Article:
In July of 2011, Pinterest only accounted for 0.17 percent of referral traffic. In the first quarter of 2014, a mere three years later, Pinterest drove more than 7 percent of referral traffic, according to Shareaholic’s first quarter Social Media Traffic Report. Pinterest ranks only behind Facebook in terms of referral traffic but still drives more referrals than all of the other social media sites combined — that includes Twitter, YouTube, LinkedIn and Google+.
While in the early days of Pinterest there was some question as to whether the site could actually drive sales, now that the site has become a major player in the world of social media, the answer to the question “Can Pinterest drive sales?” is a resounding “Yes.”
Take, for example, the case study of accessories and jewelry retailer Bottica. In a post on his blog, digital marketing expert Jeff Bullas highlighted this retailer’s efforts to gauge the impact of both Facebook and Pinterest on sales. While the entire study is fascinating, a few key points emerged that show that Pinterest is important to sales: First, buyers referred from Pinterest were 10 percent more likely to make a purchase than those referred from Facebook, and Pinterest buyers spent more per transaction. In fact, the buyers from Pinterest spent an average of $180 per sale, as opposed to $85 from Facebook.
Does this mean that you should back-burner your other social media efforts and focus strictly on Pinterest? Not at all. But it does mean that you can no longer afford to ignore Pinterest — even if you aren’t convinced that your business is a good fit for the site.
The Key to Pinterest: Pinning Outside of the Box
By now, you’re probably familiar with the Pinterest model: Users create virtual “boards,” each based on a different, self-determined theme, which they can then “pin” content to for future reference. For example, you find a great recipe that you want to try at your next dinner party, so you might pin it to a board of “recipes” or “Dinner Party” that you created. Once you pin the recipe, it also becomes visible to your followers (as well as the Pinterest community as a whole via search), who can “re-pin” the content to their own boards. You can also re-pin content from others.
You might be thinking, “But I don’t have a very visual business. Pinterest can’t do anything for me.” However, it’s important for business members to think laterally, and post content that is related, even if not directly, to their business. For example, an insurance agent might post information about vehicle maintenance and safety on one board and road trip ideas on another. In short, if there is any way that you can represent your product or service with eye-catching images, including infographics, then you have an opportunity to reach a potential audience using the site.
However, it’s important to understand that Pinterest is not just an online catalog. While Shareaholic’s report indicated that Pinterest users are less engaged than those on other social media networks, they still expect that businesses will be involved in the community and engage in two-way communication and sharing. If you are only there to promote your wares and focus on only what you have to offer, you probably won’t succeed. The essence of the site is simple: “Pinterest lets you organize and share all the beautiful things you find on the Web.” The key to success, then, is finding a commercial niche that has wide visual appeal within the Pinterest community, and sharing those visuals regardless of the source. In doing so, you become a resource and an authority on the subject, rather than just a business trying to sell a product.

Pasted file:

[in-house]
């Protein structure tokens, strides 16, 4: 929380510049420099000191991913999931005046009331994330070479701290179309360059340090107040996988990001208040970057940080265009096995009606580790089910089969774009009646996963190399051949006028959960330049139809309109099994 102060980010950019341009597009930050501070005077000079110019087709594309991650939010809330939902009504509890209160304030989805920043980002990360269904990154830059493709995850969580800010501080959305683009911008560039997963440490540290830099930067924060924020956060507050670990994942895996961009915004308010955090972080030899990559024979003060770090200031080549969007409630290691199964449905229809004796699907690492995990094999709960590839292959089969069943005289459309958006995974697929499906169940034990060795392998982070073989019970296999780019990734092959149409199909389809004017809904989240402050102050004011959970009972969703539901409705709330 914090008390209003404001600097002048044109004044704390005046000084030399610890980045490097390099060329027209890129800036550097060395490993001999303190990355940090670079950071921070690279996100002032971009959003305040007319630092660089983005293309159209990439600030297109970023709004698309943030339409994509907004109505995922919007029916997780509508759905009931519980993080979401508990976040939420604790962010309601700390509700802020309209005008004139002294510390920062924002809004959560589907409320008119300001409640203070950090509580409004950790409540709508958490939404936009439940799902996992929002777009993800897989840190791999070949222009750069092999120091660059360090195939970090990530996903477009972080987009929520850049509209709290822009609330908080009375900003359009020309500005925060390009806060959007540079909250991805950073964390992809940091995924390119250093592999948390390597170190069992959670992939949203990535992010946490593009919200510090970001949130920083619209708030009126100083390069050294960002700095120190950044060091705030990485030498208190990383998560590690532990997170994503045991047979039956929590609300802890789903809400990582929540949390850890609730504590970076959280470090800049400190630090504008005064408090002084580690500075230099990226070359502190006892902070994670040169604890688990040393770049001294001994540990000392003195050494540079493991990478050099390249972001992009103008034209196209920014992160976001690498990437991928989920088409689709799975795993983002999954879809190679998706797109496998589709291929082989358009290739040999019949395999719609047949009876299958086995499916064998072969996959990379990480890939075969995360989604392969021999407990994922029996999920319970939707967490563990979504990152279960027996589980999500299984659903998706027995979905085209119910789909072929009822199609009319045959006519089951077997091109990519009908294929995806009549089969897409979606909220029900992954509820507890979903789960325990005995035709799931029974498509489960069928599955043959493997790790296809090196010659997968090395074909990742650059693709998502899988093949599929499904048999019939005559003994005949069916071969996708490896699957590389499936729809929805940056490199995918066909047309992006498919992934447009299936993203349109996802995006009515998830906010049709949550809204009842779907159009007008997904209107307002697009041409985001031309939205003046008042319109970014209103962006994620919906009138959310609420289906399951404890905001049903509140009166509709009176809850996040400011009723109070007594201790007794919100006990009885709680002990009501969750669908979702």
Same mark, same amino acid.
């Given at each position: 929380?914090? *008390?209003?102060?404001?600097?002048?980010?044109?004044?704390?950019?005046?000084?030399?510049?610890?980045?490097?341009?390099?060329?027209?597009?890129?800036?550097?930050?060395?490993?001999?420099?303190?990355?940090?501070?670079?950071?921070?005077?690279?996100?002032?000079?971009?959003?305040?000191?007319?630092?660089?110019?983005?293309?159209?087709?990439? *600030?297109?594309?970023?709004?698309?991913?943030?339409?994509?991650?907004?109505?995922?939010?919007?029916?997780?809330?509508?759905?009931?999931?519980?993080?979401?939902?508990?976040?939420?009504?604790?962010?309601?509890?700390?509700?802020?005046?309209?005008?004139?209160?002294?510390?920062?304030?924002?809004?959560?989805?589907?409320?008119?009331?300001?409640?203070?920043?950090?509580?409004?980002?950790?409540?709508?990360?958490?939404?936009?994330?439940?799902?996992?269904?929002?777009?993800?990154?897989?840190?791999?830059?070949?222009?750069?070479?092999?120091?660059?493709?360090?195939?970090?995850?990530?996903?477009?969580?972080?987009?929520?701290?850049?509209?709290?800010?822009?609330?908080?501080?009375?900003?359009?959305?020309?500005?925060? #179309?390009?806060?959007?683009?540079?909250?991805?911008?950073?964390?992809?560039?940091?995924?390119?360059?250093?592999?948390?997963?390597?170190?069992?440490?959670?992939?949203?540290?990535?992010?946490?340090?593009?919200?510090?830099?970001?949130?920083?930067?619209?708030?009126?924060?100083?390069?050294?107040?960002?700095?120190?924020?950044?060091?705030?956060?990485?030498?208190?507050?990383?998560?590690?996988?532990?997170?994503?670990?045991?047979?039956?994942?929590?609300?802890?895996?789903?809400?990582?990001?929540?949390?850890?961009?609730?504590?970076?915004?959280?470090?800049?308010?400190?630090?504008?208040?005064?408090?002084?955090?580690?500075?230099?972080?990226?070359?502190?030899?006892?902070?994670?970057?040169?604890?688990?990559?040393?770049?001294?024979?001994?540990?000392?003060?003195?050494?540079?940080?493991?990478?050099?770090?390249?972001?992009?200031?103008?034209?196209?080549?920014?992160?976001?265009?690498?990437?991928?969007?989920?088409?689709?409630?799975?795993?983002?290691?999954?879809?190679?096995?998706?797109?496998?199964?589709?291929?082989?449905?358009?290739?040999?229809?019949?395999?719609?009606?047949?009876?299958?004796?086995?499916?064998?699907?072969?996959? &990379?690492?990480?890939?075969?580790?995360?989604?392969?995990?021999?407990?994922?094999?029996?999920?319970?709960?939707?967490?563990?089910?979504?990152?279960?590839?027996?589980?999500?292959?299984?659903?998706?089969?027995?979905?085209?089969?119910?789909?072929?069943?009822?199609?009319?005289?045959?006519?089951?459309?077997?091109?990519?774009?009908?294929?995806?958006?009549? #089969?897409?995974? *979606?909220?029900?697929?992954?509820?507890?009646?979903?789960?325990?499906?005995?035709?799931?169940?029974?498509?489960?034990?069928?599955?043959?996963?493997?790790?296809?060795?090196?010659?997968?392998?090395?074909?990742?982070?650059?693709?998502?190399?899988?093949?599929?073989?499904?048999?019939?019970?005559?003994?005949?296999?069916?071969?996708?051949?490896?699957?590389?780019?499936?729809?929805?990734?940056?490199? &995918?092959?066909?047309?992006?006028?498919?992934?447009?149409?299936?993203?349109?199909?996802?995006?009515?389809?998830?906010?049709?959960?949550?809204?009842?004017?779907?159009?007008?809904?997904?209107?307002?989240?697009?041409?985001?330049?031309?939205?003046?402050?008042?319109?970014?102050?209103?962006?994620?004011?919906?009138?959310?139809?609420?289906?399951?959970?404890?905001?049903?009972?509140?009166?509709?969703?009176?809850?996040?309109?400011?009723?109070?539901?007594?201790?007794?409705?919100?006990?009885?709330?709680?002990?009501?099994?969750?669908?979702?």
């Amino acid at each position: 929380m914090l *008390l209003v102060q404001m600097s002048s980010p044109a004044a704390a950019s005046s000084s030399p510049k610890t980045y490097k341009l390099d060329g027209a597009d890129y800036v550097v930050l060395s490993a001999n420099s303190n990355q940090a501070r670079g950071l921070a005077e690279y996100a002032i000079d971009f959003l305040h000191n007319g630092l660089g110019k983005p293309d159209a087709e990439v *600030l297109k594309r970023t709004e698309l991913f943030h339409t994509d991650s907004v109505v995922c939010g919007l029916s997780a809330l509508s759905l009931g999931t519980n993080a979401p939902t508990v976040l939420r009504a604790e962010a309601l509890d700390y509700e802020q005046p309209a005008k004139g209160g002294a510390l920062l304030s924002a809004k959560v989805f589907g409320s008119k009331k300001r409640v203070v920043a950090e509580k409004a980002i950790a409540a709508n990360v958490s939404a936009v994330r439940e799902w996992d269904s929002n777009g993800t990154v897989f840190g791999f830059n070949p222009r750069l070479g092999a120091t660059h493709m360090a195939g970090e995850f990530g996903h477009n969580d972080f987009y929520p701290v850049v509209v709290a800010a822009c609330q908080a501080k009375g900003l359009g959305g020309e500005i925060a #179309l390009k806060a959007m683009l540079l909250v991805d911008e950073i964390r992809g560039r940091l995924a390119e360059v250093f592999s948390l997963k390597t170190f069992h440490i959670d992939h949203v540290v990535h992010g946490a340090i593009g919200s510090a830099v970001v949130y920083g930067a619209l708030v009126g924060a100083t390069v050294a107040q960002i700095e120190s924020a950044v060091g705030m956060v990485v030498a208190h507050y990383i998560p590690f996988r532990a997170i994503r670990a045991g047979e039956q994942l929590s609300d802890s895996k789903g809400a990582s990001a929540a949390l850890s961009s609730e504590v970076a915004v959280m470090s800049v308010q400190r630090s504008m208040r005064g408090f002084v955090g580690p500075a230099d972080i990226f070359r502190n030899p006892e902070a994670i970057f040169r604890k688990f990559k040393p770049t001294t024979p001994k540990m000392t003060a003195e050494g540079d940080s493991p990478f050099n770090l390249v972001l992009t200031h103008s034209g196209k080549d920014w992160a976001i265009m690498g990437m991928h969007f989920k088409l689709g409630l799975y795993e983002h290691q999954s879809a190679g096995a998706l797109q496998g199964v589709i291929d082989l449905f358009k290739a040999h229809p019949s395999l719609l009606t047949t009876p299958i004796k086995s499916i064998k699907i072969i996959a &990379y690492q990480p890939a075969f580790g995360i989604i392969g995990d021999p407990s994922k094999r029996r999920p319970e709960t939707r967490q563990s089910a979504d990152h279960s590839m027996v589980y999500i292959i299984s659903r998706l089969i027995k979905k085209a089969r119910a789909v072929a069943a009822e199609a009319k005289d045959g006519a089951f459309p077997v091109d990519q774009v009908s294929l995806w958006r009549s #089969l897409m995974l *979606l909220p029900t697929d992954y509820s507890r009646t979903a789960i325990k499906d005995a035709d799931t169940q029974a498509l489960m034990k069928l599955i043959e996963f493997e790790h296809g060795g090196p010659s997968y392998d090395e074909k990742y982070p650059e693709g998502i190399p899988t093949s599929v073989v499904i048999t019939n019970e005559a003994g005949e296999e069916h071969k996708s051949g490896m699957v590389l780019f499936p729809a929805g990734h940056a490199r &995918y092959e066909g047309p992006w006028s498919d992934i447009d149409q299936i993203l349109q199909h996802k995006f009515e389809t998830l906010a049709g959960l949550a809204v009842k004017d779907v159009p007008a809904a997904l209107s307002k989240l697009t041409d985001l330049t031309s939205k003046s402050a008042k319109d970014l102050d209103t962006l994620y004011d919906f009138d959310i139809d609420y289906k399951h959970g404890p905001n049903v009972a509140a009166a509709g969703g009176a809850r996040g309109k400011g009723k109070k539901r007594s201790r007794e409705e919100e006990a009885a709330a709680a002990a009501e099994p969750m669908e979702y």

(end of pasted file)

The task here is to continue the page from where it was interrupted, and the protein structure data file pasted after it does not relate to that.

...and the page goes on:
If you are new to Pinterest, there are a few important points to keep in mind:
- 70 percent of Pinterest users are women, meaning that you need to angle your content to engage with that audience.
- Include complementary products on your boards to broaden your appeal outside of your target market.
- Observe what others are doing, make comments and share things you find with your followers
- Use your boards as an online portfolio to strut your stuff — as long as you share work from others as well and avoid blatant self-promotion
With all of the benefits of Pinterest, there are some potential pitfalls. Pinterest best practice dictates that you should post content from others as well as your own business’s content — it’s not an advertising platform after all — but commercial users need to be very careful about what they post and about attributing the source of their posts. Pinning images without proper attribution and links could amount to copyright infringement, or at the very least lead to your boards being locked down or even deleted from the site. Advertising attorney Brian Heidelberger warned in an article in AdAge Digital that using images containing celebrities and other third-party trademarks is a major no-no for businesses using Pinterest; any type of implied endorsement or association could lead to legal action. In short, use common sense and avoid anything that even hints at copyright infringement or improper use.
By now it is clear: Pinterest is here to stay. If your business isn’t using the site yet, spend some time thinking about whether it would be a good fit and how you can incorporate it into your marketing strategy. With the significant increase in web traffic, referrals and conversions that Pinterest can bring, joining could mean a major boost to your bottom line.
Need help connecting with your target audience?
Masterfully merging strategic storytelling with the knowledge of how people consume and interact with content online, Digital Current brings big ideas to life, inspiring your audience to engage as they move along your conversion process. We can show you how to use Pinterest and other marketing channels to tell a brand narrative that will resonate with your potential customers and convert them into buying customers.